Wealth is concentrated far more densely than income. The richest 0.5% of the population claimed 8% of income in 1995 - but 28% of net worth, almost as much as the bottom 90% of the population (32%). (Other, earlier studies show that the wealth of the bottom 90% is almost entirely accounted for by its upper third; the bottom 40% of the population has just 1% of total wealth.) If you strip out the principal residence, the major repository of middle-class wealth (but one not easily redeployable in the capital markets: most people won't sell the house to buy stocks), the top 0.5% pulls well ahead of the bottom 90%. The richest 10% of the population - about 10 million households - owned 84% of the stock and 90% of the bonds held by individuals (including that held indirectly through mutual funds). The democratization of ownership supposedly brought about by mutual funds has a long way to go.

One important disclosure in the technical part of the paper - written by Arthur Kennickell, of the Fed, and Louise Woodburn, formerly of the IRS and now with Ernst and Young - is that revisions to the 1989 survey now show no substantial increase in the concentration of wealth in the 1980s (see graph nearby). But the 1990s have brought concentration to record levels, with the share of the top 1% rising by nearly five percentage points. That gain came mostly at the expense of the next 9%; the share of the bottom 90% continued a long erosion. It should be said, though, that while the 1989, 1992, and 1995 surveys are very similar, the earlier ones are different enough that comparisons should be made skeptically.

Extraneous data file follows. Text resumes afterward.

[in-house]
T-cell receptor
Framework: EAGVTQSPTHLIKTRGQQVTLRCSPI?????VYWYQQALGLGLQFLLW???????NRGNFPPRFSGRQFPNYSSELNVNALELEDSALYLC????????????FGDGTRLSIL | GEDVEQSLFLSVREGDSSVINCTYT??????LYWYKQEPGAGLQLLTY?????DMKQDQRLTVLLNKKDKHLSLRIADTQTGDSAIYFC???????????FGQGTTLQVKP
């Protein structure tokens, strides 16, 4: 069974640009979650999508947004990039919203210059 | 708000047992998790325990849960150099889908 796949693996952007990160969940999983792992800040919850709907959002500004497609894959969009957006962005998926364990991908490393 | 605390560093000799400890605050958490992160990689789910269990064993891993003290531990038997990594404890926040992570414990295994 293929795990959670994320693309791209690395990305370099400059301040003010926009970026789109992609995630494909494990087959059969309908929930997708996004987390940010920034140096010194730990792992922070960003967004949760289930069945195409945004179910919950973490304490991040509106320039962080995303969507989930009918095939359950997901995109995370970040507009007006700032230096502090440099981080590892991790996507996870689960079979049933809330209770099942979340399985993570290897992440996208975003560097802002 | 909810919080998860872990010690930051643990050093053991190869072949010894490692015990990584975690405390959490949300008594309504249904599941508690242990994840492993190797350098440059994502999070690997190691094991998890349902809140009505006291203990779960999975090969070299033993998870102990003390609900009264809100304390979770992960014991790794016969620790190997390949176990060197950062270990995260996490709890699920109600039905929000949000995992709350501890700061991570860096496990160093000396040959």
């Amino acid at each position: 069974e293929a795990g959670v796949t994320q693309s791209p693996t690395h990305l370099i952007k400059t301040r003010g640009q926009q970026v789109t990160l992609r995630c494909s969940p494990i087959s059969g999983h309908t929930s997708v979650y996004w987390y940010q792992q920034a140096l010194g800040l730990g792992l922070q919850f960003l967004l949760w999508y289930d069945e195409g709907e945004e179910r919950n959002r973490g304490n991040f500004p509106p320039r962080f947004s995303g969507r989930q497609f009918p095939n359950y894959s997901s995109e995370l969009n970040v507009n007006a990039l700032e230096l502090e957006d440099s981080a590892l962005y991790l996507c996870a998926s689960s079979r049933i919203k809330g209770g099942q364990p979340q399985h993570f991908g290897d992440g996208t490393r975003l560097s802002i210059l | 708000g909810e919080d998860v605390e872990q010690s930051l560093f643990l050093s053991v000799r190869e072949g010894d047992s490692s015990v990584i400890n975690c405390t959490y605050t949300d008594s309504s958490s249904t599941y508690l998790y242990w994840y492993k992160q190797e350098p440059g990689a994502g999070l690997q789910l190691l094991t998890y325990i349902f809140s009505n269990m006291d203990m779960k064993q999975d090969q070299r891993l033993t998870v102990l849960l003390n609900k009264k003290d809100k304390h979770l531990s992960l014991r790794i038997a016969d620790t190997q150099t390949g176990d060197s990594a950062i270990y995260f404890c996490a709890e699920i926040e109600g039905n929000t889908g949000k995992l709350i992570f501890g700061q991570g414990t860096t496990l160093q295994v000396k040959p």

In real dollar terms, while income and net worth fell for virtually every group between 1989 and 1992, between 1992 and 1995 the rich flourished. Incomes of the bottom 90% rose 0.9% after inflation (total, not per year) - but those of the top 0.5% were up 44%. Nonresidential net worth was up 1.5% for the bottom 90% - but 26% for the very richest. Still, for all income classes, household income had not yet regained 1989's peak by 1995.

There's one area in which the bottom 90% outdid the top 0.5%: debt. Liabilities for the bottom 90% rose 11%, while falling 19% for the richest. Assets were a virtual mirror image, with the masses' assets barely rising (+2%) while those of the richest rose ten times as much (22%). This complementarity is no surprise, since consumer and mortgage credit boil down to the very rich lending to the middle class and the poor.

Cite statistics like these and apologists will immediately respond that they don't include private pension accounts. This is true enough, and including them would lessen the distributional skew a bit, but there are good reasons for excluding them. Even in orthodox economics, pensions are seen as deferred wages - a smaller paycheck today in exchange for an income in retirement. Nonpension wealth, though, usually provides an income today, and can be sold and transformed into anything a rentier desires - a vacation house, a German government bond, a short position in the Thai baht, or even a real business. You can't do that with your IRA.